The reclusive leader told the conference that Afghanistan “cannot develop without being independent,” according to the state-run Bakhtar news agency.
“Thank God, we are now an independent country. (Foreigners) should not give us their orders, this is our system, we have our own decisions,” Akhundzada added.
The speed of the capture, just weeks after the start of the withdrawal of US forces, took the world by surprise and led to the dissolution of the foreign-backed government of Ashraf Ghani, which had fled the country.
Akhundzada made the remarks in an audio recording during a three-day religious gathering of 3,000 people – all male, according to state media. The meeting was not open to the media, but CNN heard a recording of Akhundzada’s speech.
A senior cleric from the Taliban’s founding generation, Akhundzada, was named as the leader of the Taliban in 2016 after the group’s former leader Mullah Akhtar Muhammad Mansour was killed in a US airstrike in Pakistan.
He held the position when the group announced its interim government in September.
Akhundzadeh ruled out involving previous administrations in forming any future government, although he said he “forgave them”.
“I have forgiven the oppressors of the former regime. I do not hold them accountable for their past actions, if someone causes trouble for them without committing new crimes, I will punish them, but forgiveness does not mean including them in the government,” Akhundzada said in the audio recording.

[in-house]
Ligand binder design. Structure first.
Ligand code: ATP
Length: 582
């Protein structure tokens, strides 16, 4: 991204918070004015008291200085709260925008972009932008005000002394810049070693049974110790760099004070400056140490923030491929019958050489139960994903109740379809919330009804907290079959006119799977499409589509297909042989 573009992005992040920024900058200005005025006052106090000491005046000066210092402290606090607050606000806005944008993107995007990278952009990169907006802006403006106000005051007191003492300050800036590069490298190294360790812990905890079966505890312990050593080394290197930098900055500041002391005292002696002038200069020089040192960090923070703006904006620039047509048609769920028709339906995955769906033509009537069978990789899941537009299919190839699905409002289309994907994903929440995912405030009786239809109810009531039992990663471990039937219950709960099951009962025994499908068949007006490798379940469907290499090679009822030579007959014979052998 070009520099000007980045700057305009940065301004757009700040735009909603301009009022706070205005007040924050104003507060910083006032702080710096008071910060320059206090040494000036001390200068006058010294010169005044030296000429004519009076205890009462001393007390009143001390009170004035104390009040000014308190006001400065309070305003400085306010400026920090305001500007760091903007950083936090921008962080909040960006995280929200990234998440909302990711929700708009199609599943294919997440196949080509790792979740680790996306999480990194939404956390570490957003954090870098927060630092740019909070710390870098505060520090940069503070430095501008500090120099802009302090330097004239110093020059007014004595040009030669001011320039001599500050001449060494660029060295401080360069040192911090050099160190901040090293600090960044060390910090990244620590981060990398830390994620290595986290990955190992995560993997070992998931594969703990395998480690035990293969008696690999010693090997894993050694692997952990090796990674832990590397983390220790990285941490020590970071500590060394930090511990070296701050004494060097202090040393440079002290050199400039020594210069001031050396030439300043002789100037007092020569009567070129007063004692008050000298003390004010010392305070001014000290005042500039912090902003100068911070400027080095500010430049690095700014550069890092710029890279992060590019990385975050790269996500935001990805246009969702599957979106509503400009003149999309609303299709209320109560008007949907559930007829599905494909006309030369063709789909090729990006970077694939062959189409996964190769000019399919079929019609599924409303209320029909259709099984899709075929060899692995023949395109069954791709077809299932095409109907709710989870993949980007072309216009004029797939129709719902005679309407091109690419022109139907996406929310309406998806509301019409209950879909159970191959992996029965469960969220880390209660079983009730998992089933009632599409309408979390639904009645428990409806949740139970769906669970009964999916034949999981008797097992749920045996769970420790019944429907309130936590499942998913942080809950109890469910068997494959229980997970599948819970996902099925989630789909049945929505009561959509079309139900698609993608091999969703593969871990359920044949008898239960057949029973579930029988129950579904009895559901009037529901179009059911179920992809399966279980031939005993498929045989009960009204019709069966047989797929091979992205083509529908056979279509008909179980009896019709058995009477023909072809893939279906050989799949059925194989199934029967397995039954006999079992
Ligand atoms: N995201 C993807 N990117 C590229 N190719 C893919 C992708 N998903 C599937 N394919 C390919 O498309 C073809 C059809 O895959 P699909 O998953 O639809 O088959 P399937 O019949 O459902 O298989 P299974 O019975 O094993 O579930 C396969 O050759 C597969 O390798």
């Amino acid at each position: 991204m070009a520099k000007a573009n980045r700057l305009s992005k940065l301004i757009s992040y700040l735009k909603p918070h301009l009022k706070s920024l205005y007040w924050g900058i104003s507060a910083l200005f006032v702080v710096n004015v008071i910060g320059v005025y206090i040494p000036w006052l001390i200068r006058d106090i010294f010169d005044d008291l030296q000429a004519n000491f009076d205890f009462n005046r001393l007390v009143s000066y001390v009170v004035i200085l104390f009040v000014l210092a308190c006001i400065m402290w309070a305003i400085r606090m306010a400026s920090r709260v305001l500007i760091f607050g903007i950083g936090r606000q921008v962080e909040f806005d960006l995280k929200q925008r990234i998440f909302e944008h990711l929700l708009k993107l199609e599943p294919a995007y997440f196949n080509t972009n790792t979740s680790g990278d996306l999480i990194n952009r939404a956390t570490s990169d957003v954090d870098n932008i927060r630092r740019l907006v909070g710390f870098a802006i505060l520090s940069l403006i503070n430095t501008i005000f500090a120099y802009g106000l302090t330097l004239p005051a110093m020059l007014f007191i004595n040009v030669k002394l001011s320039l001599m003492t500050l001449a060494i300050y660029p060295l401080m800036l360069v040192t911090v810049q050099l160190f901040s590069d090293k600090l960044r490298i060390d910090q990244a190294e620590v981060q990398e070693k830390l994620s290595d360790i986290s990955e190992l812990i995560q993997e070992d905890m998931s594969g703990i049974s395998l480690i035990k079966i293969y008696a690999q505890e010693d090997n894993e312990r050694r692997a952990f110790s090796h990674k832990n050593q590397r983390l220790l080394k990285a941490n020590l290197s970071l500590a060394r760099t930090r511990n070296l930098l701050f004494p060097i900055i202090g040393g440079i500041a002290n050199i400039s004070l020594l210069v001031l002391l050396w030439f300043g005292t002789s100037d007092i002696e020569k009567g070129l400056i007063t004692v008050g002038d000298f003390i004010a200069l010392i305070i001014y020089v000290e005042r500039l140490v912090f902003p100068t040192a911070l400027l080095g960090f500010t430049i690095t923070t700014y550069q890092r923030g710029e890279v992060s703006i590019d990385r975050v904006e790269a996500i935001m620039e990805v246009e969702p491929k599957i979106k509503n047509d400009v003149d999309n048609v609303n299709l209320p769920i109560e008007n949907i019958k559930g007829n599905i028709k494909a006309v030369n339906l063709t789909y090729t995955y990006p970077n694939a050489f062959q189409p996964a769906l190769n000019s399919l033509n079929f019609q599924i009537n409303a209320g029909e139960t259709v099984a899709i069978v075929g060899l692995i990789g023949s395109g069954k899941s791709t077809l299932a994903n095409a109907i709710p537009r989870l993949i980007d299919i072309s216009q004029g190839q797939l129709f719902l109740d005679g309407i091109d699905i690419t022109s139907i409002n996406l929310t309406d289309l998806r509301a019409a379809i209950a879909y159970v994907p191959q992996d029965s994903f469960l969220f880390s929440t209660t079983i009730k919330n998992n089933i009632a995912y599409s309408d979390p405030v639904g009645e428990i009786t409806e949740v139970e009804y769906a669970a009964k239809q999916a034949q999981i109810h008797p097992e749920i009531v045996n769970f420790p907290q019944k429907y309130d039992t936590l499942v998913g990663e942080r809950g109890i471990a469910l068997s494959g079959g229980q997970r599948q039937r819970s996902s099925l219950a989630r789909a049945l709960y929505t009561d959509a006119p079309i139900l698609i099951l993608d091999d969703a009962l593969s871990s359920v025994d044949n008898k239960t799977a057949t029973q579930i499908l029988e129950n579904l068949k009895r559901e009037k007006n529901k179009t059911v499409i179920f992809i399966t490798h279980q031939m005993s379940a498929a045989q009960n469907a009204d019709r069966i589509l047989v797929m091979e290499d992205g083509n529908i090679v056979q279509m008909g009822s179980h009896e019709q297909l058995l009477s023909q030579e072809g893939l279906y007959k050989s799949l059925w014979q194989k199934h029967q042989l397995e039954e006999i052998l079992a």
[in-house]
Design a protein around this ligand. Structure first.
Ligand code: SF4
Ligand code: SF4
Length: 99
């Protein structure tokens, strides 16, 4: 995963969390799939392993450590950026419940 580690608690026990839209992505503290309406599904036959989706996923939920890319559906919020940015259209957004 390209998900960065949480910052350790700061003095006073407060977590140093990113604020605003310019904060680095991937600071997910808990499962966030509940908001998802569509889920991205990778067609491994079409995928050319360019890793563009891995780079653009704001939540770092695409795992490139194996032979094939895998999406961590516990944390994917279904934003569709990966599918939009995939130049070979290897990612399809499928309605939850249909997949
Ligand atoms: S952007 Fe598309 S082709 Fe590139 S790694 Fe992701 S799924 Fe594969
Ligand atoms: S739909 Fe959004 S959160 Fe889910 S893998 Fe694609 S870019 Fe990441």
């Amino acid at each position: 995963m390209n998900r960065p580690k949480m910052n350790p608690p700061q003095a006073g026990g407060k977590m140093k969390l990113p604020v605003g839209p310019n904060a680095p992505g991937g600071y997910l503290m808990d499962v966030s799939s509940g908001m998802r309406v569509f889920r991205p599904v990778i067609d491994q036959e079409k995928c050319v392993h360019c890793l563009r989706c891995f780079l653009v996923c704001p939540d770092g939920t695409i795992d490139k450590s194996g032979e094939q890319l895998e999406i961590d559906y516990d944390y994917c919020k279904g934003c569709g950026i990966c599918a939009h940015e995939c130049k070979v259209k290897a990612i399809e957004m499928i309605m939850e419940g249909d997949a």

The message appeared to contradict statements made in recent months by other members of the Taliban leadership, who have expressed openness to a more inclusive government in order to gain international support.
The international community has repeatedly called on the Taliban to expand the ranks of their government and restore the rights of women and girls, who have been stripped of their rights since the group seized power, if they are to be officially recognized. The World Bank has frozen hundreds of millions of dollars in projects over the issue.
During an urgent meeting in Geneva on Friday, UN High Commissioner for Human Rights Michelle Bachelet warned that “women and girls in Afghanistan are experiencing the most significant and rapid regression in the enjoyment of their rights in all areas in decades.”
Speaking to the clerics, Akhundzadeh emphasized his commitment to implementing Islamic law, the Islamic legal system derived from the Qur’an, while expressing opposition to “the way of life of non-believers.”
The Taliban’s strict interpretation of Sharia when it was last in power led to dozens of violent punishments, including stonings of alleged adulterers, public executions, and amputations.
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